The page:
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Sunday, August 1, 2010

Hocus Pocus by Kurt Vonnegut

Hocus Pocus starts out at the end and you spend the whole book reading little stories to see how the character ended up where he is now.

Eugene Debs Hartke is a prisoner being held in the library of Tarkington College. The book is his collected memoirs which were written on numbered pieces of scrap paper. The future he lives in is dominated by the Japanese economy and the American foreign and domestic policies are consumed by "The War on Drugs." Racism is much more prevalent.

Eugene Debs Hartke was a teacher at Tarkington College, a college for very rich Special Education students who would not graduate from a traditional university. Across the lake is a maximum security prison that holds 10,000 prisoners - most of them were Special Education students who turned to crime to make a living.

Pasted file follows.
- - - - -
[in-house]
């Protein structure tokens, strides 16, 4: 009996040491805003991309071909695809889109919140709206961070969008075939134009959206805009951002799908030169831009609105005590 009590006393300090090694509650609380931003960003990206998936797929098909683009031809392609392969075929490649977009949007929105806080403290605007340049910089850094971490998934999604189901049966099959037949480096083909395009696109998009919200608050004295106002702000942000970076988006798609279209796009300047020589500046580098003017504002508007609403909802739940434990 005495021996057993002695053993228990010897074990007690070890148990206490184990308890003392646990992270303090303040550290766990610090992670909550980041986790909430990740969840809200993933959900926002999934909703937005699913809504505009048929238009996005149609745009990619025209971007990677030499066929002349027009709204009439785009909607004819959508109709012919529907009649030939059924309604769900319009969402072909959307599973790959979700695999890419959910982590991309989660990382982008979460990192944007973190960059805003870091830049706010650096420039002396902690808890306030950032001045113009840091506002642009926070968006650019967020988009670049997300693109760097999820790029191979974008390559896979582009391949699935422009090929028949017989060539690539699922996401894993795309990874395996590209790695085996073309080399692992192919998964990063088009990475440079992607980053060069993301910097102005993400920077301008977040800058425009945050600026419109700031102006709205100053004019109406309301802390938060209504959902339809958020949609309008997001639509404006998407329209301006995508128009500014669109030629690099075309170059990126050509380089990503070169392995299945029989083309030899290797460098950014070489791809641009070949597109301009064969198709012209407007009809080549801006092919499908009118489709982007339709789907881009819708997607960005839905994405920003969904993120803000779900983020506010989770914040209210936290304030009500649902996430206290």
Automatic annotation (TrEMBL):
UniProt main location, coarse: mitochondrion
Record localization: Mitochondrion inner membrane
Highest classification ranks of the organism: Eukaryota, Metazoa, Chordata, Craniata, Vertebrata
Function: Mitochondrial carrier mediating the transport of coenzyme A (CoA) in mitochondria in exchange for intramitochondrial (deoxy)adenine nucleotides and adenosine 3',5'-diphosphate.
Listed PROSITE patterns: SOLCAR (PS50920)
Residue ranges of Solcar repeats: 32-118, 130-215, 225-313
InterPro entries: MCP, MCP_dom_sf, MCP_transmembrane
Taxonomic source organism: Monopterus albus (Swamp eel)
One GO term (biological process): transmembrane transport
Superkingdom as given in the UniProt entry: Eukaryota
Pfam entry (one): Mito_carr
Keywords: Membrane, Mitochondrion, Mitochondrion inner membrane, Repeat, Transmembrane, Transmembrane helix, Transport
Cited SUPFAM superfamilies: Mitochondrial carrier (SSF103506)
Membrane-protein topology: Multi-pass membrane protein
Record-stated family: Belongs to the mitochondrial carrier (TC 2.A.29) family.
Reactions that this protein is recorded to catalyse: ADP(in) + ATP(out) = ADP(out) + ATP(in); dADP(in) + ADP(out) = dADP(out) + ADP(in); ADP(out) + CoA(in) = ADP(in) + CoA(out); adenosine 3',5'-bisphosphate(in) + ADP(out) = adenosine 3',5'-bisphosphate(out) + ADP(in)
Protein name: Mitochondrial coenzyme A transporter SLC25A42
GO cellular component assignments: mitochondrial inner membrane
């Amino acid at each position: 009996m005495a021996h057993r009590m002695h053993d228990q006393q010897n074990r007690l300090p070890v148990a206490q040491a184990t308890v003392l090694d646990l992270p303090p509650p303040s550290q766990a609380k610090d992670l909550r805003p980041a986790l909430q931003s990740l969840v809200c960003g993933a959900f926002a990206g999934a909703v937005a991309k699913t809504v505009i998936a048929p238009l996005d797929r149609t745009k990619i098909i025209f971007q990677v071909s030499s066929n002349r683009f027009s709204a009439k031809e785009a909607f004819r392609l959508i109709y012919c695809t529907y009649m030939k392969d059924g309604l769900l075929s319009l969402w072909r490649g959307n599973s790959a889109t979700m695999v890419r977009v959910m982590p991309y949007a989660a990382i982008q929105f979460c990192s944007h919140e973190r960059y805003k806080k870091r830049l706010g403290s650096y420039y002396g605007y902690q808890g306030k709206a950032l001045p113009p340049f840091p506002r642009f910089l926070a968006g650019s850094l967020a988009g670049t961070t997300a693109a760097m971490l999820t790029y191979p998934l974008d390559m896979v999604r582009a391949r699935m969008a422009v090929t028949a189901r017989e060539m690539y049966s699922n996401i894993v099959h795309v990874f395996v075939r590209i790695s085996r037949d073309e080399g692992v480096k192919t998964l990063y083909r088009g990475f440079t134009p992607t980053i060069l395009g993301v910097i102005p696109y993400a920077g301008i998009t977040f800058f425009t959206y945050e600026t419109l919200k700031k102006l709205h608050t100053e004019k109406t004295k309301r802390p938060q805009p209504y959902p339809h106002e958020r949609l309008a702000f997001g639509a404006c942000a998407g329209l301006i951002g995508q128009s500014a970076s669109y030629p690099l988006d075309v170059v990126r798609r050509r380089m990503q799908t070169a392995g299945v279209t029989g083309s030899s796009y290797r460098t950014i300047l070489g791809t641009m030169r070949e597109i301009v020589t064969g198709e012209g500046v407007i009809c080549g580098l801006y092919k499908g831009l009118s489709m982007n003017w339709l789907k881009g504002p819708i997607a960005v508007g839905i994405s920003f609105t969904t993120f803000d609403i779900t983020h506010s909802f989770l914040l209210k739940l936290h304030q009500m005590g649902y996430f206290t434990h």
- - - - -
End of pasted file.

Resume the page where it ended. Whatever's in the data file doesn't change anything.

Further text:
This is a good book, but it starts out a little slow. There are similar themes as other Vonnegut books I've read, especially his focus on how life's little choices can radically change what happens to you.

Vonnegut is a master at coming up with quotable odd thoughts and here are a few that caught my eye:

Kurt Vonnegut (1922-2007)
"In an era as foulmouthed as this one, (someone saying) 'Good gravy' had the same power to startle as a cannon shot."

On human space travel:
"How could all that meat, needing so much food and water and oxygen, and with bowel movements so enormous, expect to survive a trip of any distance whatsoever through the limitless void of outer space? It was a miracle that such ravenous and cumbersome giants could make a roundtrip for a 6-pack to the nearest grocery store."

"Another flaw in the human character is that everybody wants to build and nobody wants to do maintenance."

On Freedom of Speech:
"That isn't something that someone else gives you. That's something you have to give yourself."

Anyway, its a good book. I enjoyed it. It made you think sometimes and that is always good.

Reviewed in 2004.

This book can be found on Amazon.com here: Hocus Pocus.

5 stars out of 5.

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